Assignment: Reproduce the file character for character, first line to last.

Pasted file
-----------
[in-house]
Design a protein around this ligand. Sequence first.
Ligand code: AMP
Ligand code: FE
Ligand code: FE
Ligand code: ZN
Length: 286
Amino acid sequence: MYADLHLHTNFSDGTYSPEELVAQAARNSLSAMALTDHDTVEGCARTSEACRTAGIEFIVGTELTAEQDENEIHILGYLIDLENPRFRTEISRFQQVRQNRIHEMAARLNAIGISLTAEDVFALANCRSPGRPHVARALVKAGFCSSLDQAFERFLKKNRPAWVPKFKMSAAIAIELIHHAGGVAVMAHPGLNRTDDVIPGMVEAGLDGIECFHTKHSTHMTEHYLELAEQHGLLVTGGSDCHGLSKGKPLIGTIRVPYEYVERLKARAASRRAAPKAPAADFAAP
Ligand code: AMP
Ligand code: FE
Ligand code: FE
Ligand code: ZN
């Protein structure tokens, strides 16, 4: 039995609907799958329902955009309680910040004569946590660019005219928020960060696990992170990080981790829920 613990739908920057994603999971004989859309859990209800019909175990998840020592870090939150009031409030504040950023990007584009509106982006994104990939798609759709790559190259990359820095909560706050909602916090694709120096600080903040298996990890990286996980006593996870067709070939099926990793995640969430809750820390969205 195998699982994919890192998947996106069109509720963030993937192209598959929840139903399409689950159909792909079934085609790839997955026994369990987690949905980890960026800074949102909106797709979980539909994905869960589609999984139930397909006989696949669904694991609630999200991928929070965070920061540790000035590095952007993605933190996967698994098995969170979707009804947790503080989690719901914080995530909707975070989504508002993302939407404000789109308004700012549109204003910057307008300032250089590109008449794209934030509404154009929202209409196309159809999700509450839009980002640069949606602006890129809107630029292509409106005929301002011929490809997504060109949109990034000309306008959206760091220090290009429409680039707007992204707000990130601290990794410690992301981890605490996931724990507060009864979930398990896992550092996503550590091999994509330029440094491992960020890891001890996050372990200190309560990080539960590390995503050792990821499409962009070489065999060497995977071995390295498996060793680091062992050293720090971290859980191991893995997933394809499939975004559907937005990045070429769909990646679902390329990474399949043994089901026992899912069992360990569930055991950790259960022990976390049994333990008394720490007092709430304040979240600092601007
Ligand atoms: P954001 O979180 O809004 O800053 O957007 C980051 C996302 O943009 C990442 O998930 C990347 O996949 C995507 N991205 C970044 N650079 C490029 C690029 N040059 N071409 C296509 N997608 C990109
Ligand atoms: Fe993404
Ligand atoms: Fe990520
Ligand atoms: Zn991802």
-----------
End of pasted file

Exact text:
[in-house]
Design a protein around this ligand. Sequence first.
Ligand code: AMP
Ligand code: FE
Ligand code: FE
Ligand code: ZN
Length: 286
Amino acid sequence: MYADLHLHTNFSDGTYSPEELVAQAARNSLSAMALTDHDTVEGCARTSEACRTAGIEFIVGTELTAEQDENEIHILGYLIDLENPRFRTEISRFQQVRQNRIHEMAARLNAIGISLTAEDVFALANCRSPGRPHVARALVKAGFCSSLDQAFERFLKKNRPAWVPKFKMSAAIAIELIHHAGGVAVMAHPGLNRTDDVIPGMVEAGLDGIECFHTKHSTHMTEHYLELAEQHGLLVTGGSDCHGLSKGKPLIGTIRVPYEYVERLKARAASRRAAPKAPAADFAAP
Ligand code: AMP
Ligand code: FE
Ligand code: FE
Ligand code: ZN
């Protein structure tokens, strides 16, 4: 039995609907799958329902955009309680910040004569946590660019005219928020960060696990992170990080981790829920 613990739908920057994603999971004989859309859990209800019909175990998840020592870090939150009031409030504040950023990007584009509106982006994104990939798609759709790559190259990359820095909560706050909602916090694709120096600080903040298996990890990286996980006593996870067709070939099926990793995640969430809750820390969205 195998699982994919890192998947996106069109509720963030993937192209598959929840139903399409689950159909792909079934085609790839997955026994369990987690949905980890960026800074949102909106797709979980539909994905869960589609999984139930397909006989696949669904694991609630999200991928929070965070920061540790000035590095952007993605933190996967698994098995969170979707009804947790503080989690719901914080995530909707975070989504508002993302939407404000789109308004700012549109204003910057307008300032250089590109008449794209934030509404154009929202209409196309159809999700509450839009980002640069949606602006890129809107630029292509409106005929301002011929490809997504060109949109990034000309306008959206760091220090290009429409680039707007992204707000990130601290990794410690992301981890605490996931724990507060009864979930398990896992550092996503550590091999994509330029440094491992960020890891001890996050372990200190309560990080539960590390995503050792990821499409962009070489065999060497995977071995390295498996060793680091062992050293720090971290859980191991893995997933394809499939975004559907937005990045070429769909990646679902390329990474399949043994089901026992899912069992360990569930055991950790259960022990976390049994333990008394720490007092709430304040979240600092601007
Ligand atoms: P954001 O979180 O809004 O800053 O957007 C980051 C996302 O943009 C990442 O998930 C990347 O996949 C995507 N991205 C970044 N650079 C490029 C690029 N040059 N071409 C296509 N997608 C990109
Ligand atoms: Fe993404
Ligand atoms: Fe990520
Ligand atoms: Zn991802």